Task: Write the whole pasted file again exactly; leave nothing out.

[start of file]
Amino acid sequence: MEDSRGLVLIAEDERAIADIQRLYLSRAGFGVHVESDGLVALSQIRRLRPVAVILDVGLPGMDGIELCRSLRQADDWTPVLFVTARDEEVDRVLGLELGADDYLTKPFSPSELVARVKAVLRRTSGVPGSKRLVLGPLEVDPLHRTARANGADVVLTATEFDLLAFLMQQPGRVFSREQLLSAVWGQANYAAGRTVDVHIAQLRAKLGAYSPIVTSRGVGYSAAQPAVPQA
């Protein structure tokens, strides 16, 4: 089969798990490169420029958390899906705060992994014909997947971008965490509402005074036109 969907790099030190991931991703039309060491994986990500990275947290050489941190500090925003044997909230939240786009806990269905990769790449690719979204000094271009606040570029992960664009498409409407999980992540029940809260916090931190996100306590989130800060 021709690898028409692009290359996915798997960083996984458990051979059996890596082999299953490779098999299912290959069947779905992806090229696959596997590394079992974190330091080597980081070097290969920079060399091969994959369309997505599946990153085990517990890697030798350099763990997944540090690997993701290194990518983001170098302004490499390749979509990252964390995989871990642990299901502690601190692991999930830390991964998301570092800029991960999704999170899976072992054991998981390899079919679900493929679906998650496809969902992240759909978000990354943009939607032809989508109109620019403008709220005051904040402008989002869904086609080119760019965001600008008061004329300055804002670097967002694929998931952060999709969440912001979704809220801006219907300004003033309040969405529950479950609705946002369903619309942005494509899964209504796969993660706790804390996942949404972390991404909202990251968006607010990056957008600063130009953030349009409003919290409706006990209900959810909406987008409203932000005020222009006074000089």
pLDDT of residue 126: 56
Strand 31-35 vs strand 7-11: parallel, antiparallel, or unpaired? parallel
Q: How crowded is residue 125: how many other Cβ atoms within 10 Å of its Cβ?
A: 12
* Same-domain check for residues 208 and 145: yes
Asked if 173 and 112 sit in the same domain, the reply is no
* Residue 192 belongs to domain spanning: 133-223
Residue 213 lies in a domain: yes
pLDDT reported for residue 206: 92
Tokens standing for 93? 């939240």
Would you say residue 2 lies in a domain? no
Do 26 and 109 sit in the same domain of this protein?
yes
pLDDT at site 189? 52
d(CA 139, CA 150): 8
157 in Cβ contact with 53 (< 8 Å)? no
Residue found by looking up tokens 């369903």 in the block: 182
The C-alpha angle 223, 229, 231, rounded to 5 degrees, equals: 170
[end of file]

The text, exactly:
Amino acid sequence: MEDSRGLVLIAEDERAIADIQRLYLSRAGFGVHVESDGLVALSQIRRLRPVAVILDVGLPGMDGIELCRSLRQADDWTPVLFVTARDEEVDRVLGLELGADDYLTKPFSPSELVARVKAVLRRTSGVPGSKRLVLGPLEVDPLHRTARANGADVVLTATEFDLLAFLMQQPGRVFSREQLLSAVWGQANYAAGRTVDVHIAQLRAKLGAYSPIVTSRGVGYSAAQPAVPQA
């Protein structure tokens, strides 16, 4: 089969798990490169420029958390899906705060992994014909997947971008965490509402005074036109 969907790099030190991931991703039309060491994986990500990275947290050489941190500090925003044997909230939240786009806990269905990769790449690719979204000094271009606040570029992960664009498409409407999980992540029940809260916090931190996100306590989130800060 021709690898028409692009290359996915798997960083996984458990051979059996890596082999299953490779098999299912290959069947779905992806090229696959596997590394079992974190330091080597980081070097290969920079060399091969994959369309997505599946990153085990517990890697030798350099763990997944540090690997993701290194990518983001170098302004490499390749979509990252964390995989871990642990299901502690601190692991999930830390991964998301570092800029991960999704999170899976072992054991998981390899079919679900493929679906998650496809969902992240759909978000990354943009939607032809989508109109620019403008709220005051904040402008989002869904086609080119760019965001600008008061004329300055804002670097967002694929998931952060999709969440912001979704809220801006219907300004003033309040969405529950479950609705946002369903619309942005494509899964209504796969993660706790804390996942949404972390991404909202990251968006607010990056957008600063130009953030349009409003919290409706006990209900959810909406987008409203932000005020222009006074000089």
pLDDT of residue 126: 56
Strand 31-35 vs strand 7-11: parallel, antiparallel, or unpaired? parallel
Q: How crowded is residue 125: how many other Cβ atoms within 10 Å of its Cβ?
A: 12
* Same-domain check for residues 208 and 145: yes
Asked if 173 and 112 sit in the same domain, the reply is no
* Residue 192 belongs to domain spanning: 133-223
Residue 213 lies in a domain: yes
pLDDT reported for residue 206: 92
Tokens standing for 93? 């939240």
Would you say residue 2 lies in a domain? no
Do 26 and 109 sit in the same domain of this protein?
yes
pLDDT at site 189? 52
d(CA 139, CA 150): 8
157 in Cβ contact with 53 (< 8 Å)? no
Residue found by looking up tokens 């369903």 in the block: 182
The C-alpha angle 223, 229, 231, rounded to 5 degrees, equals: 170